The Encyclopedia Britannica defines education as “transmission of the values and accumulated knowledge of a society. …Education is designed to guide [children] in learning a culture, molding their behaviour in the ways of adulthood, and directing them toward their eventual role in society.” But to find that definition, you’d have to scroll down the page. The encyclopedia begins the entry on education by declaring that it is a “discipline that is concerned with methods of teaching and learning in schools or school-like environments.” This is the prevailing interpretation of education, and it’s very misfortunate for all of us that we forgot about the real meaning of the word.
Therefore, I would like to offer a definition that is both concise, yet offers much more than accumulation of notions that are here today and gone tomorrow. The education I am talking about is called “Integral Education” (IE), where “integral” means whole, complete. According to the definition of IE, “Education is the process of man’s adaptation to the laws of nature.”
IE will not teach you social manners; it doesn’t deal with table manners or other social norms. IE teaches how to sync oneself with the laws that govern all of reality. While regular education strives to adapt the individual to society, IE strives to adapt human society to nature. In the process, each person learns the integrality of nature, how everything is connected, what it means for each of us as individuals and for all of us as a society, and how and what we should adapt in our lives in order to be congruent with nature and thereby achieve long lasting confidence and happiness.
Today, nature is manifesting itself as a closed system that surrounds us. It is most evident in the way the coronavirus has emerged as a pandemic within weeks, but it was also evident in the rapid spread of anti-racist protests and basically every trend and phenomenon that manifests today. This omnipresence of phenomena is nature’s way of saying that everything is connected, integral, and we are accountable for one another whether we like it or not. If we grasp this, we will achieve a whole new level of existence. If we do not grasp this, we just might not survive as a species.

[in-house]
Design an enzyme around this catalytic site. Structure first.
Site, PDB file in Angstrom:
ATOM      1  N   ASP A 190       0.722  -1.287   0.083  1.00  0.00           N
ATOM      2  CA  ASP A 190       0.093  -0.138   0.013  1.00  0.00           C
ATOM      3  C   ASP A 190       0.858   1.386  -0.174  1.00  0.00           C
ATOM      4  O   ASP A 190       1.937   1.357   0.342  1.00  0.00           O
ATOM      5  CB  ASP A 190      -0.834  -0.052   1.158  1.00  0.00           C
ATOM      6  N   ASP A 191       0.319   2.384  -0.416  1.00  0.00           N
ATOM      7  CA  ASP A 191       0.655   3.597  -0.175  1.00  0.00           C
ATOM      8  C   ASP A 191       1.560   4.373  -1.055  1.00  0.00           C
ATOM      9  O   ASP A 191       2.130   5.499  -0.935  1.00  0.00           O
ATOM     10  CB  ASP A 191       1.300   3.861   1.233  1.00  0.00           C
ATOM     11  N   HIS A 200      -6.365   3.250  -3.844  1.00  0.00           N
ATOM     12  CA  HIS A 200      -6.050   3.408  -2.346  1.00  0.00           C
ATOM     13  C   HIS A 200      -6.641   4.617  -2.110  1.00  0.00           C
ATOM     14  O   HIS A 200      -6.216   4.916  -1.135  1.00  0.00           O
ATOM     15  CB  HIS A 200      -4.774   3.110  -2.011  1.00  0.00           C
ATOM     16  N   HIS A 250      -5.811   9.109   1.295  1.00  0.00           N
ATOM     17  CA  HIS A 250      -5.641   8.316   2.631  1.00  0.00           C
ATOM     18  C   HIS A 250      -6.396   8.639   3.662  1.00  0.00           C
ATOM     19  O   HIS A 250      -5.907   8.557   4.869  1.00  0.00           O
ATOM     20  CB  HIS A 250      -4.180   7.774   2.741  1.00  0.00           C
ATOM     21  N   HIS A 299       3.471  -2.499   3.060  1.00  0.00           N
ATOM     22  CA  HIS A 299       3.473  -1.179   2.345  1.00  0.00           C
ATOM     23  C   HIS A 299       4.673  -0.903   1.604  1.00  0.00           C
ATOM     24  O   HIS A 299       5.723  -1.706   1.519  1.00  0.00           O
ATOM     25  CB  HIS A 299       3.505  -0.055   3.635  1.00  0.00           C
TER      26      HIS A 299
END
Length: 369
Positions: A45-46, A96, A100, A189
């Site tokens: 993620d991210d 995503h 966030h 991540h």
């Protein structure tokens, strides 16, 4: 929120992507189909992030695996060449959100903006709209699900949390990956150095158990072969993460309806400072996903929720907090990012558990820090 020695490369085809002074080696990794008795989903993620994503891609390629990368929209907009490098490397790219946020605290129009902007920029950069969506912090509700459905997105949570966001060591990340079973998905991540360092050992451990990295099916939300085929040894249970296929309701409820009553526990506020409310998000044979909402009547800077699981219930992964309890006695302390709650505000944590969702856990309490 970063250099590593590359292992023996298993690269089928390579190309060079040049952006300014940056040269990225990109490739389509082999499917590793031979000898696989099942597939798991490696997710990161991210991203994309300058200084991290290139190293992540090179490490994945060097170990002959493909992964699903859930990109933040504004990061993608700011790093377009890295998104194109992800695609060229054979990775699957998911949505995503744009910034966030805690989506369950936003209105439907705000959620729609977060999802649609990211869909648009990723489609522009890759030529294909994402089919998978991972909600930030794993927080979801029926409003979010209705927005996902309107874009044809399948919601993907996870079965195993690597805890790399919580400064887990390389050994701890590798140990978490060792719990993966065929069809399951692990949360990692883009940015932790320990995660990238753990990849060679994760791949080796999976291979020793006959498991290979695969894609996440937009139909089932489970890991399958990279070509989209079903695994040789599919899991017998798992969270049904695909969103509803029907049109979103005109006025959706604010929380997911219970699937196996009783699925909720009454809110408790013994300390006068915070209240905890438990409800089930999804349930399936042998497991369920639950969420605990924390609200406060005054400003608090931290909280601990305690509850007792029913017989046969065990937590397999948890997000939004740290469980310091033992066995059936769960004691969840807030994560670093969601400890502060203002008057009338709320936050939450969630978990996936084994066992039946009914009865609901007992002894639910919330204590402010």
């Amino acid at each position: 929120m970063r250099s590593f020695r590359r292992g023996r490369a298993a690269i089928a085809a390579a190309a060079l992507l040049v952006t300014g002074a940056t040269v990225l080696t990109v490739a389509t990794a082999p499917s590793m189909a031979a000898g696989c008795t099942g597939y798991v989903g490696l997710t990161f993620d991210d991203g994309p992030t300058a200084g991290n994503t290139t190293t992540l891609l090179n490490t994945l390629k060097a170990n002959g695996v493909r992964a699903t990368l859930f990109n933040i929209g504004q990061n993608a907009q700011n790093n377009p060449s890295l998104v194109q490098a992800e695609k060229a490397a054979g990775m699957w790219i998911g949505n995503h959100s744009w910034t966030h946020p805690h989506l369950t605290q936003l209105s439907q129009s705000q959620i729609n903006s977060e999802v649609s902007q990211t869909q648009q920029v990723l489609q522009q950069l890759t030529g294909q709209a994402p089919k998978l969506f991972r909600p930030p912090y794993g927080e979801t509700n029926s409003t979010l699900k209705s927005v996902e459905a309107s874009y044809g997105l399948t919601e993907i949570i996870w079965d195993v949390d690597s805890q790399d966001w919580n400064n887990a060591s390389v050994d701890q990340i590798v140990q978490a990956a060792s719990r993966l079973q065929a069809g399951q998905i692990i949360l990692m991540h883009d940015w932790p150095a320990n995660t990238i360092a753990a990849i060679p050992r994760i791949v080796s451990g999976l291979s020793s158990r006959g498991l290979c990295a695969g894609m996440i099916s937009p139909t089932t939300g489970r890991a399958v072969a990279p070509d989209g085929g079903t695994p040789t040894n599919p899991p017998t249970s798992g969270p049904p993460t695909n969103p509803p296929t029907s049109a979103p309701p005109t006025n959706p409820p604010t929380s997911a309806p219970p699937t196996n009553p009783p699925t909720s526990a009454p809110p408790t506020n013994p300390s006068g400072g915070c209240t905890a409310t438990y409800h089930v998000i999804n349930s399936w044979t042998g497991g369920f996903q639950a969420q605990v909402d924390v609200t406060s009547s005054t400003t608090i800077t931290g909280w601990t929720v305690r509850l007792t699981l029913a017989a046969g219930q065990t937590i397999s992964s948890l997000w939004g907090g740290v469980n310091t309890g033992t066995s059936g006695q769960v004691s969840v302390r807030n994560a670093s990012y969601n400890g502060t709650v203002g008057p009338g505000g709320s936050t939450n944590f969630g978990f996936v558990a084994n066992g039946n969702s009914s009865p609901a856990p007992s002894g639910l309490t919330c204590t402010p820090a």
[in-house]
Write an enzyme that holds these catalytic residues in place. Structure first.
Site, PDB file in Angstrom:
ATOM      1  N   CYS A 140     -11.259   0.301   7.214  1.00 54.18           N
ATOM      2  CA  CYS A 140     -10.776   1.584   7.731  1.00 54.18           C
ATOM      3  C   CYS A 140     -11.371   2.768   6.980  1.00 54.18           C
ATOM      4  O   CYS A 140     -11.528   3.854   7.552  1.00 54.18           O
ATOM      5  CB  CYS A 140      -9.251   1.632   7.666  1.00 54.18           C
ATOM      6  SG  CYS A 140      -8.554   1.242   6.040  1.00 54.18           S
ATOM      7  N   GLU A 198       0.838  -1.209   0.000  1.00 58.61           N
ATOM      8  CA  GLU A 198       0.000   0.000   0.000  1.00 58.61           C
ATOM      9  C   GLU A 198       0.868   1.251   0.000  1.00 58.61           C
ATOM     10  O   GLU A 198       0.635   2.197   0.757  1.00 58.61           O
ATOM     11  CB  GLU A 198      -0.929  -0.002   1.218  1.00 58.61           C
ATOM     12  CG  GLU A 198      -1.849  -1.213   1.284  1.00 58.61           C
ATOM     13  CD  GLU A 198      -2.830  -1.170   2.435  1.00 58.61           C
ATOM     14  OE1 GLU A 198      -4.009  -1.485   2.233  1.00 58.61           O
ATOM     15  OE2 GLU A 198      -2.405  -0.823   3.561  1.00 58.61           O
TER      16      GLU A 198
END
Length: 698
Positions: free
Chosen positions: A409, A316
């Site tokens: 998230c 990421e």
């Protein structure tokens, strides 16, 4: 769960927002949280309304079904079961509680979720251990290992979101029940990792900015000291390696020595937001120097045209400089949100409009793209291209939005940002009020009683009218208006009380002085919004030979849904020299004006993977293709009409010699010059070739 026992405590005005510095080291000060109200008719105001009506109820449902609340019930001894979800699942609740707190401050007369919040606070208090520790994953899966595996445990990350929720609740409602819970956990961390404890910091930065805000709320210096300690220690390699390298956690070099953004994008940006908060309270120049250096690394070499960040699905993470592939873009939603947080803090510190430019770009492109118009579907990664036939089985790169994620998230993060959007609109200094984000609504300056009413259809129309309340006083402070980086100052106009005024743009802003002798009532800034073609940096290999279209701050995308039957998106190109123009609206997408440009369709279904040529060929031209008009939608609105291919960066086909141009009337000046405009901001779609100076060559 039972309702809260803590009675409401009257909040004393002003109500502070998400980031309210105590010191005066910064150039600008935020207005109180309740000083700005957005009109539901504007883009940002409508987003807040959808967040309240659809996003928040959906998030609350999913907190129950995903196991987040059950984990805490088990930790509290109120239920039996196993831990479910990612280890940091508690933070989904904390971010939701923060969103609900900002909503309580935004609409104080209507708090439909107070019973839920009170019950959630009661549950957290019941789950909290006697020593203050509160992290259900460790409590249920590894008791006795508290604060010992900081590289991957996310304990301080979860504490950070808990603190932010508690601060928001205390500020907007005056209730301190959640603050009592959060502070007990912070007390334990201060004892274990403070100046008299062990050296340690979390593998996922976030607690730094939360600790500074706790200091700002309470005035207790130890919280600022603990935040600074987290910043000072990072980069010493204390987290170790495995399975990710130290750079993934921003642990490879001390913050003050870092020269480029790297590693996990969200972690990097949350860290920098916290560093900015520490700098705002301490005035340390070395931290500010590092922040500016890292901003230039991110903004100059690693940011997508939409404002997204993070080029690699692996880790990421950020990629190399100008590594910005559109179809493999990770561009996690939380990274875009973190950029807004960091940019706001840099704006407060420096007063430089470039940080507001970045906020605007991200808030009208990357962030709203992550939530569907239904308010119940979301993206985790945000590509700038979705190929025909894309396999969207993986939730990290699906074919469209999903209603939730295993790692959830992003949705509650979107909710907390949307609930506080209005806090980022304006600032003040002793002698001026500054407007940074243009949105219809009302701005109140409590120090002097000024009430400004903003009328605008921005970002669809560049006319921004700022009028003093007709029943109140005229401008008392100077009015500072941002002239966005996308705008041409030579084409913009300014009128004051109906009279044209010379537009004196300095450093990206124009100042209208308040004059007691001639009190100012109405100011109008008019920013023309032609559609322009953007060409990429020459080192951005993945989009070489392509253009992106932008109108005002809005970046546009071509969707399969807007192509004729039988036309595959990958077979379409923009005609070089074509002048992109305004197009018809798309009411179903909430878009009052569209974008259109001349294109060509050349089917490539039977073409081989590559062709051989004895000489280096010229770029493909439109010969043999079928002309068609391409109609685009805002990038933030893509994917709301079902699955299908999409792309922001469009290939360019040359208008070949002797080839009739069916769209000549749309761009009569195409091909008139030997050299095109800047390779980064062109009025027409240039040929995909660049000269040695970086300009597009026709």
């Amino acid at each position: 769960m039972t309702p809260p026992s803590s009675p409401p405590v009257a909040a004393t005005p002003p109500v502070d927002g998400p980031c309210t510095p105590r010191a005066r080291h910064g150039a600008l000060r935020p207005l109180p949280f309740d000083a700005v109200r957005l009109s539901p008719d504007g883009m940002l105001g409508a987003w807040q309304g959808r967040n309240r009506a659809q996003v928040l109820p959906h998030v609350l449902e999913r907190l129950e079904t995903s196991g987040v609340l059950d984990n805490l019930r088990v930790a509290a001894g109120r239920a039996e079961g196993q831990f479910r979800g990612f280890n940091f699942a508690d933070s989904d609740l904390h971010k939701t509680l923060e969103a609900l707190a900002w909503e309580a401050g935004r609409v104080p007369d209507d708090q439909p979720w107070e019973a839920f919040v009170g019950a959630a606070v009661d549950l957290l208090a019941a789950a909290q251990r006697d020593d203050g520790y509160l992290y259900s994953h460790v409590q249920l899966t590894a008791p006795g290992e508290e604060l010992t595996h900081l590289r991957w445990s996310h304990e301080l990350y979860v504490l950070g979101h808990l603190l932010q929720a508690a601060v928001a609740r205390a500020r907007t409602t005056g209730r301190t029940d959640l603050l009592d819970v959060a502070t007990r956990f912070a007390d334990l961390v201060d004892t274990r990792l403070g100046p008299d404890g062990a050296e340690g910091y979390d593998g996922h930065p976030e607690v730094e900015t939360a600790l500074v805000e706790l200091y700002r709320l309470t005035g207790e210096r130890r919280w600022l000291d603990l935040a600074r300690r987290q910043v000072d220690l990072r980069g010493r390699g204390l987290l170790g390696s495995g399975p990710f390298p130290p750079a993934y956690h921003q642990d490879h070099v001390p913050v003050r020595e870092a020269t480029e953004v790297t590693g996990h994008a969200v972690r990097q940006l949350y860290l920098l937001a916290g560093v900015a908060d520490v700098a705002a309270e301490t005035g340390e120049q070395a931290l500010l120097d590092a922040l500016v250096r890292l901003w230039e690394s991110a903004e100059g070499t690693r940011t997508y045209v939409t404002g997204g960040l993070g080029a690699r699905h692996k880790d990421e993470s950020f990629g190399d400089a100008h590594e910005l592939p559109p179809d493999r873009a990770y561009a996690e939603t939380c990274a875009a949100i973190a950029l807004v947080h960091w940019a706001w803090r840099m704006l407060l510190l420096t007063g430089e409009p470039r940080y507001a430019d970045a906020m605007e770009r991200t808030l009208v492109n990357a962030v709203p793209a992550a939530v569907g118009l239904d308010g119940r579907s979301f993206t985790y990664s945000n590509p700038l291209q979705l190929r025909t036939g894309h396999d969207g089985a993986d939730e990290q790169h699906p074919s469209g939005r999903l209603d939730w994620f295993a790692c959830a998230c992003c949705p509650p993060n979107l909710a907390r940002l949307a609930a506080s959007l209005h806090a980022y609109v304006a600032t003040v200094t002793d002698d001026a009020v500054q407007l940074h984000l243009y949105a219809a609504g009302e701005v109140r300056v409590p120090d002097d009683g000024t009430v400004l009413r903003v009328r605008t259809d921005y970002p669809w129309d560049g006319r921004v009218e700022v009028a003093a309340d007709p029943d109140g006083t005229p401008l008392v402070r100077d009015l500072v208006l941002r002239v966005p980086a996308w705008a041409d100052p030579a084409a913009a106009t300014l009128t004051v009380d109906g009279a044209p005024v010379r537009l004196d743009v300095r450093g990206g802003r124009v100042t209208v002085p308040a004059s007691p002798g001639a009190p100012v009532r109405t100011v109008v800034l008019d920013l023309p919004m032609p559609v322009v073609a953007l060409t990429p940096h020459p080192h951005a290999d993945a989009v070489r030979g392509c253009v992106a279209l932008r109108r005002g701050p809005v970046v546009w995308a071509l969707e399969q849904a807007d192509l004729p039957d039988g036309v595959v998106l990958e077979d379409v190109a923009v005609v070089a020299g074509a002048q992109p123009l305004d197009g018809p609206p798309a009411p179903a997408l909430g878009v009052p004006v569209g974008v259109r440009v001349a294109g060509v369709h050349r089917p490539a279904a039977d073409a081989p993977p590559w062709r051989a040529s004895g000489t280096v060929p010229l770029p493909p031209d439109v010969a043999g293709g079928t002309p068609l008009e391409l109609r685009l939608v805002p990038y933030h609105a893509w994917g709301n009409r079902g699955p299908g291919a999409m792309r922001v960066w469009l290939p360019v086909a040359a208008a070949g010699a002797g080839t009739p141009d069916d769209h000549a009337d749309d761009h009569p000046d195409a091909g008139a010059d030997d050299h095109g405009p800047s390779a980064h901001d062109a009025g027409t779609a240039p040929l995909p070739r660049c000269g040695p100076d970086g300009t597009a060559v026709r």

According to IE, we can divide the laws of nature into three basic laws:
The first, and most important law, is the “law of integrality,” which states that all parts of nature constitute a single, interconnected system.
The second law is the “law of mutual complementation.” This means that all the laws that appear as contradicting are actually complementary through the interactions between them.
The third law states that “Every being in nature necessarily obeys these laws, except for humans,” who can follow them only according to their level of development, and according to their own free choice.
Potentially, man is the zenith of creation. Man is not only an element in the integral creation, but has the potential to grasp it to the fullest. However, this is only in potential. Before one receives the proper education, which fosters this perception, man is at the nadir of creation: the most vile, ignorant, and noxious element of creation. However, man is created in this ignobility on purpose, since only when one acquires nature’s wholeness consciously, having risen from the depths of detachment to the heights of connection can one appreciate the beauty, subtlety, and true meaning of nature’s wholeness. When one achieves that consciousness, one is regarded as having “graduated” and earned a “degree” in Integral Education. That person will never feel alone, weak, insecure, or unhappy, having achieved the ultimate goal of life—connection with all of reality.
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